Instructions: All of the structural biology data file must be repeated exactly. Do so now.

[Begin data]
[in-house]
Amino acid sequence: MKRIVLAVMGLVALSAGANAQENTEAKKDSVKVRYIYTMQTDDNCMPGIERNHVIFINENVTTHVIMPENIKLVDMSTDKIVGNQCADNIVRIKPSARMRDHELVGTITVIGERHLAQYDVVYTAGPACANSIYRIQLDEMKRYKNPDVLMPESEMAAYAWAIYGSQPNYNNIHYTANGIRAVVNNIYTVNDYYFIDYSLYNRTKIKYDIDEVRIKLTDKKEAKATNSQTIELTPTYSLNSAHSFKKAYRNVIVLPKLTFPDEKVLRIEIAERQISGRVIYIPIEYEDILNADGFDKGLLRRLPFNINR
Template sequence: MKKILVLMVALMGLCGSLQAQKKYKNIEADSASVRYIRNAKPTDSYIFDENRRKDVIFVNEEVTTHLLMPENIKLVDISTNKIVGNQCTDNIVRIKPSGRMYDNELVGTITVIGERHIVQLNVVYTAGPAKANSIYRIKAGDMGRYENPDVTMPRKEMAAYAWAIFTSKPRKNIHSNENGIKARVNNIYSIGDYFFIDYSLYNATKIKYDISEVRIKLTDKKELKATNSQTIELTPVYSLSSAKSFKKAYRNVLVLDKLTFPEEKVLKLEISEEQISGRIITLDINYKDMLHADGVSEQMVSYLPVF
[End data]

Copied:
[in-house]
Amino acid sequence: MKRIVLAVMGLVALSAGANAQENTEAKKDSVKVRYIYTMQTDDNCMPGIERNHVIFINENVTTHVIMPENIKLVDMSTDKIVGNQCADNIVRIKPSARMRDHELVGTITVIGERHLAQYDVVYTAGPACANSIYRIQLDEMKRYKNPDVLMPESEMAAYAWAIYGSQPNYNNIHYTANGIRAVVNNIYTVNDYYFIDYSLYNRTKIKYDIDEVRIKLTDKKEAKATNSQTIELTPTYSLNSAHSFKKAYRNVIVLPKLTFPDEKVLRIEIAERQISGRVIYIPIEYEDILNADGFDKGLLRRLPFNINR
Template sequence: MKKILVLMVALMGLCGSLQAQKKYKNIEADSASVRYIRNAKPTDSYIFDENRRKDVIFVNEEVTTHLLMPENIKLVDISTNKIVGNQCTDNIVRIKPSGRMYDNELVGTITVIGERHIVQLNVVYTAGPAKANSIYRIKAGDMGRYENPDVTMPRKEMAAYAWAIFTSKPRKNIHSNENGIKARVNNIYSIGDYFFIDYSLYNATKIKYDISEVRIKLTDKKELKATNSQTIELTPVYSLSSAKSFKKAYRNVLVLDKLTFPEEKVLKLEISEEQISGRIITLDINYKDMLHADGVSEQMVSYLPVF